What are the threats to Himalayas?

Despite being a remote region, Himalayas have not been spared by human interference and have been subjected to damage and threats. Some of the most prominent threats to the Himalayas are:

  • Increased extraction of natural resources
  • Growing population
  • Clearing of forests for cultivation and settlements
  • Excessive logging
  • Use of fire to clear agricultural land
  • Habitat fragmentation
  • Overgrazing by animals
  • Exploitation of flora for medicine
  • Unmanaged tourism
  • Political instability
  • Illegal hunting
  • Mining and pollution

As the people of this world, we have to conserve our natural resources and the supreme Himalayas. Once harmed, they would not be easy to revive. So, steps have to be taken by humans to preserve the Himalayas.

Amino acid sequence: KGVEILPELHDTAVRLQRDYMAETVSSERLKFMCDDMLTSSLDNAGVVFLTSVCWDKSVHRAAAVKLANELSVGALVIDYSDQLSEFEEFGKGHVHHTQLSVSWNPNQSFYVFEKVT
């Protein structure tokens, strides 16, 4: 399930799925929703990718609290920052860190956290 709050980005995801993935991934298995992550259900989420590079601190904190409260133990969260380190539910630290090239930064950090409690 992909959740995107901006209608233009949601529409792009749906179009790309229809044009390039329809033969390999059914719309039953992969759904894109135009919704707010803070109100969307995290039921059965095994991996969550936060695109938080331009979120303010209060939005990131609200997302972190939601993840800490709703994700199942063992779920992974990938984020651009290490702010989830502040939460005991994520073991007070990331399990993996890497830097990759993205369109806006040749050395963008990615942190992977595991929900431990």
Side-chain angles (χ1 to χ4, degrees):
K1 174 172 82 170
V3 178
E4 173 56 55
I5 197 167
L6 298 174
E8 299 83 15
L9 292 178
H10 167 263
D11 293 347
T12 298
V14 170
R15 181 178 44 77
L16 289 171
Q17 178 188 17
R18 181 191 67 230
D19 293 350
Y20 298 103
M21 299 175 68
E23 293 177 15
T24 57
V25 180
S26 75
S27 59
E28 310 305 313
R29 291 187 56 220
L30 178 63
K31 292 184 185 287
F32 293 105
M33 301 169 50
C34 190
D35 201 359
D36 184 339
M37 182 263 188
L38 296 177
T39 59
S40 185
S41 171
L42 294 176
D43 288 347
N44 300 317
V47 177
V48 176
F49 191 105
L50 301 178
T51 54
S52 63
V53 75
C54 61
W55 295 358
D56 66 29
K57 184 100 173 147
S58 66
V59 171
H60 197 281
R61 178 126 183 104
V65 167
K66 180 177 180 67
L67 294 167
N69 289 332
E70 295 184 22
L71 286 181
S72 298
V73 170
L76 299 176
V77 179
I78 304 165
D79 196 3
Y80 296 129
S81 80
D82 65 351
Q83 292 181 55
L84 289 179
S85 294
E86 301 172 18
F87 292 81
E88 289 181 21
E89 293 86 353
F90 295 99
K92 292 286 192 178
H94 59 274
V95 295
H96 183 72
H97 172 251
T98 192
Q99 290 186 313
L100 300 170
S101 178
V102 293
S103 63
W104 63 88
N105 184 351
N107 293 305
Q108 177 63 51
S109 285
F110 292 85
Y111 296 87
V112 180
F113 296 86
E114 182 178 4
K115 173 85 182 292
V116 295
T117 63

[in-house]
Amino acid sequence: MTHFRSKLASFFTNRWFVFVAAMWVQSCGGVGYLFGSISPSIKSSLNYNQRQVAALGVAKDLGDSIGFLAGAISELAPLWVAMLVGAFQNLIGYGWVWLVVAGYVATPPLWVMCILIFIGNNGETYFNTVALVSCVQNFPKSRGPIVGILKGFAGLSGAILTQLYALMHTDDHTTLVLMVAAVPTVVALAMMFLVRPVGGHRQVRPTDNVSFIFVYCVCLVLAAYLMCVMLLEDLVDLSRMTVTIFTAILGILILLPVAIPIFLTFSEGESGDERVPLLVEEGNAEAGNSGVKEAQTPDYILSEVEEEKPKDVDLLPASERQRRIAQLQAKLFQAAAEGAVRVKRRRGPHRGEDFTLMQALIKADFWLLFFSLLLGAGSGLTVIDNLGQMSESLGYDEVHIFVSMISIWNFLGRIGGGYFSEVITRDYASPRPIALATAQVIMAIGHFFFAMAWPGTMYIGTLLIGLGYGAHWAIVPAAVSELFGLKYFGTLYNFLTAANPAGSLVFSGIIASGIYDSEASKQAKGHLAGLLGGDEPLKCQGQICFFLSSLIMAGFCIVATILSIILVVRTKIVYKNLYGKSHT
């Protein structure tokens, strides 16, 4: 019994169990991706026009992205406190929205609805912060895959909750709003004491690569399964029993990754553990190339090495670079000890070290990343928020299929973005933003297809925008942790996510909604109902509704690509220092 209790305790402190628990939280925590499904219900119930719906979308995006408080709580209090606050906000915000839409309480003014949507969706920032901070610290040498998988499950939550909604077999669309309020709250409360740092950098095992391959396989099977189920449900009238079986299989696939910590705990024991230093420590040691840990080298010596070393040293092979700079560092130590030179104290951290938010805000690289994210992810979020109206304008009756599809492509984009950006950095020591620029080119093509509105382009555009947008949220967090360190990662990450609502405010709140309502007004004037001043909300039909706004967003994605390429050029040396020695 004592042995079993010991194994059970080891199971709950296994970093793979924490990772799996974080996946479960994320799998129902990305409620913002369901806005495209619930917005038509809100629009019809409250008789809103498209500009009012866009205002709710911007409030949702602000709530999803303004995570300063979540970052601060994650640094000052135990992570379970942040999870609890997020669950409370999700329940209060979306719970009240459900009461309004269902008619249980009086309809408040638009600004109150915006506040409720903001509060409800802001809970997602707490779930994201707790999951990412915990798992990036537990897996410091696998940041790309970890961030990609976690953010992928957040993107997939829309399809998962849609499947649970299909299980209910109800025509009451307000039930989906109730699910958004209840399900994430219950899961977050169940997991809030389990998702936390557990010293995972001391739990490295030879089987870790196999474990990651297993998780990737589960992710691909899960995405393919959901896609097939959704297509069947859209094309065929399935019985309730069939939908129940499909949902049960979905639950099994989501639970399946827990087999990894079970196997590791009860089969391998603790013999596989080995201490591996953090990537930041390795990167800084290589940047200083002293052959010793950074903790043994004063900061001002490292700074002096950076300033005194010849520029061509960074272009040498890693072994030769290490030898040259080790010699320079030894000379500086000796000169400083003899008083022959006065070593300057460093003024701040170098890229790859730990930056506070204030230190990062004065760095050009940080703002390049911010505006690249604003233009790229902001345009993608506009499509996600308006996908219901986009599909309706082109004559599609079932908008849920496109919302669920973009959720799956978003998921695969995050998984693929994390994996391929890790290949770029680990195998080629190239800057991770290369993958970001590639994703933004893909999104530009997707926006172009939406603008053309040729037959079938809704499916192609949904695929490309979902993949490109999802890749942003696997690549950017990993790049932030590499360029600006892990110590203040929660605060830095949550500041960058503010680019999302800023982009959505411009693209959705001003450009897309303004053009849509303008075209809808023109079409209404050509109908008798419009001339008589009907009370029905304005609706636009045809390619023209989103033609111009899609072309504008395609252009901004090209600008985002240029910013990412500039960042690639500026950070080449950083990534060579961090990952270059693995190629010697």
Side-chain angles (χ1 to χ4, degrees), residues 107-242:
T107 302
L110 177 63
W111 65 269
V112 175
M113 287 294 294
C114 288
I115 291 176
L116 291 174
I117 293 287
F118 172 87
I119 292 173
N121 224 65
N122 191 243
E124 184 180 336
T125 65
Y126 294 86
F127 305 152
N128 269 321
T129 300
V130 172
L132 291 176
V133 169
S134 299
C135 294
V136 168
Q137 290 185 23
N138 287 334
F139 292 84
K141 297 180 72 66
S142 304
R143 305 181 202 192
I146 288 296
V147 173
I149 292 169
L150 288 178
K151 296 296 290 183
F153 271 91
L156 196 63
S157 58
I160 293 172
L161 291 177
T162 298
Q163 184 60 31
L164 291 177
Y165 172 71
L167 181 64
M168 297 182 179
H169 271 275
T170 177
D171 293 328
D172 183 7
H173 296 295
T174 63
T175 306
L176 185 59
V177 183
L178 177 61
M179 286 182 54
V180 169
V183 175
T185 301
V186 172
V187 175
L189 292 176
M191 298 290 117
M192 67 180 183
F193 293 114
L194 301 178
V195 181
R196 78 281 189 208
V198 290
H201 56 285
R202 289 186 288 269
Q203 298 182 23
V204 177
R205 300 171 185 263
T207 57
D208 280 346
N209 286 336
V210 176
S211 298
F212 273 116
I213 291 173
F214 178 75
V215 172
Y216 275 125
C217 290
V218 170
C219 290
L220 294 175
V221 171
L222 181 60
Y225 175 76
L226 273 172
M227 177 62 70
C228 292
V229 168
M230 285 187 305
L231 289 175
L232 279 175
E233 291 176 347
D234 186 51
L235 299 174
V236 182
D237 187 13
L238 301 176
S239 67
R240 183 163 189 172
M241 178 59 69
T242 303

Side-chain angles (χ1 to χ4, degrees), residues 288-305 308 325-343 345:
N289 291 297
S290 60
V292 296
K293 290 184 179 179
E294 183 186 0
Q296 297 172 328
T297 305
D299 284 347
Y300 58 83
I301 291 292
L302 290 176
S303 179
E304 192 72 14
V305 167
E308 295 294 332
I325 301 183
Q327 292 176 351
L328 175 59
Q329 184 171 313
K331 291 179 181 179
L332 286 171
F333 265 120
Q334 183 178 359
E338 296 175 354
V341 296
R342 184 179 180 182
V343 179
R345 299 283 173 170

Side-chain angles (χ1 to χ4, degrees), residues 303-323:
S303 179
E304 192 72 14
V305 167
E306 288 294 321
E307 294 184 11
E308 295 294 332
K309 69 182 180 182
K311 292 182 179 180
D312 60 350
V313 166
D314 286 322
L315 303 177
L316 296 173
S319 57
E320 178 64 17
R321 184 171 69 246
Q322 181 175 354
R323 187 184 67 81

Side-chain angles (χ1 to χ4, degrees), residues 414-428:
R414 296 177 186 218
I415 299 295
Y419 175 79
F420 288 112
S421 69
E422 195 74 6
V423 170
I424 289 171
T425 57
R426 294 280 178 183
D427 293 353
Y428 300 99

So, now when we have covered nearly everything about the Himalayas, it’s time for some questions. Below are some simple and easy questions. If you know their answers, try and answer them in the comment section.

Frequently Asked Questions
Q1. What does the world Himalaya mean?

Answer – the Abode of snow

Q2. Name the highest peak of India.

Answer –Kanchenjunga

Q3. What are the Inner Himalayas also known as?

Answer – The Great Himalayas or Himadri

Q4. Name the three major rivers rising from the Himalayas?

Answer – Indus, Ganga and Brahmaputra